# Wave function with a delta potential

I have a particle and a potential $$V(x)=\frac{\hbar^2}{2m}k\delta(x),$$

where $$\delta (x)$$ is the Delta function, and I am interested in the solutions of the stationary Schroedinger equation.

If $$\psi_1$$ is the solution for $$x<0$$ and $$\psi_2$$ for $$x>0$$, I must have $$\psi_1'(0) \neq \psi_2'(0)$$, because of the delta function.

Now I read that the condition is $$\psi_2'(0) -\psi_1'(0) = -k\psi_2(0).$$

My question is: why? How do I get to this conclusion?

With a delta function potential, the particle is free on either side of the barrier: $$\psi(x)=\begin{cases}\psi_L(x)=A_re^{ikx}+A_le^{-ikx} \\ \psi_R(x)=B_re^{ikx}+B_le^{-ikx}\end{cases}$$ where $A_i,\,B_i$ are constants such that $A_r+A_l=B_r+B_l$ (i.e., $\psi(x)$ satisfies the continuous function condition).

But at the barrier we have the issue that $V(0)=\infty$. So to resolve this issue, we use Schroedinger's equation and integrate it over some small region $\left[-\epsilon,\,\epsilon\right]$ and then let $\epsilon\to0$: $$-\frac{\hbar^2}{2m}\int_{-\epsilon}^\epsilon\psi''\,dx+\int_{-\epsilon}^\epsilon V\psi\,dx=E\int_{-\epsilon}^\epsilon\psi\,dx$$ The first term is clearly $d\psi/dx$ evaluated at two points. The last term goes to zero in the limit $\epsilon\to0$ (recall that $E$ is constant and finite, so that as $\epsilon\to0$, the width goes to 0 and so does the whole value).

For the potential term, the delta function has the great property that $$\int\delta(x-a)f(x)\,dx=f(a)$$ Thus, that middle term becomes $\left.\psi(x)\right|_{-\epsilon}^\epsilon$. We then combine these two to get $$-\frac{\hbar^2}{2m}\left[\psi'\left(+\epsilon\right)-\psi'(-\epsilon)\right]+\left.\lambda\psi(x)\right|_{-\epsilon}^{\epsilon}=0$$ As $\epsilon\to0$, we can get the relation you are confused over: $$\psi'_R(0)-\psi'_L(0)=+k\psi(0)$$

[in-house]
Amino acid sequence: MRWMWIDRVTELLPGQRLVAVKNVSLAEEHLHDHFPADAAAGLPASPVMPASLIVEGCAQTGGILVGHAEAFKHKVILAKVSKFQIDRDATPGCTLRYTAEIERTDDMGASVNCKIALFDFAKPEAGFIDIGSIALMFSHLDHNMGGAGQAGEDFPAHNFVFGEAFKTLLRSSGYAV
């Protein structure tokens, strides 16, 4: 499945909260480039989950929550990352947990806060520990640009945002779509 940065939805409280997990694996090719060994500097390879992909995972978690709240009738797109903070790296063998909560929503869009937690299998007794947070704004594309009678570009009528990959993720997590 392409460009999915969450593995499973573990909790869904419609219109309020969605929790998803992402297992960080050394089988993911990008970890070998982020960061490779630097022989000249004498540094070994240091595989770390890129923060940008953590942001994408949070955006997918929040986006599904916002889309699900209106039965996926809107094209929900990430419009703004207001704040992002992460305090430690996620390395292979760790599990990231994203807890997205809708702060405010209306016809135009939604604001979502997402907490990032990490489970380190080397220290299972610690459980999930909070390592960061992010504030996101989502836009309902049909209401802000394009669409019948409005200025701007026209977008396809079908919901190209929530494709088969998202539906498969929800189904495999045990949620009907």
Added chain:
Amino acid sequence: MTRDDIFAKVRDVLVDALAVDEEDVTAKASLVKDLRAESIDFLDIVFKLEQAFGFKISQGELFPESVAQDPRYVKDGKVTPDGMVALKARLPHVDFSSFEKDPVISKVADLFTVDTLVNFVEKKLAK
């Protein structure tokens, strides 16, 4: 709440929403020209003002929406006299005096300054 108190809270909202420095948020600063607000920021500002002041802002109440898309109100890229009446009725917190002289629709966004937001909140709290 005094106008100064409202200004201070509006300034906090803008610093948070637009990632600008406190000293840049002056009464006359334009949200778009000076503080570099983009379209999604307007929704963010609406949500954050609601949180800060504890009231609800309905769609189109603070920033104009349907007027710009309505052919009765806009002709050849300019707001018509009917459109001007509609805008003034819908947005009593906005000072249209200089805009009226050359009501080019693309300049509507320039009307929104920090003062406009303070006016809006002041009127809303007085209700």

• Shouldn't that be $\psi'_R\left(0\right) - \psi'_L\left(0\right) = + k \psi\left(0\right)$? Commented Jan 3, 2014 at 17:40
• @EricAngle: Good catch. Fixed. Commented Jan 3, 2014 at 17:42
• @EricAngle: Gah! Caught again! I blame it on the lack of sleep (had to comfort my son who was dreaming of being chased by dinosaurs last night). Commented Jan 3, 2014 at 17:45
• Oops, I deleted my second comment (about it being $+k \psi\left(0\right)$ on the right hand side) because I saw you change it shortly thereafter. I understand wrt sleepless nights. :) Commented Jan 3, 2014 at 17:47
• I wonder what would happen if instead of integrating the SE one would would like conventionally just do $<\psi|H|\psi>$? Commented Nov 28, 2022 at 10:14

See this, beginning at "A second relation can be found by studying the derivative of the wavefunction." For your problem, $\lambda = \hbar^2 k / 2 m$.

The idea is to integrate the Schrödinger equation over the interval $\left(-\epsilon, \epsilon\right)$ and let $\epsilon \rightarrow 0$.

• Sorry, I always forget to look carefully in the English Wikipedia. In Italian there are many fewer pages. Commented Jan 3, 2014 at 22:46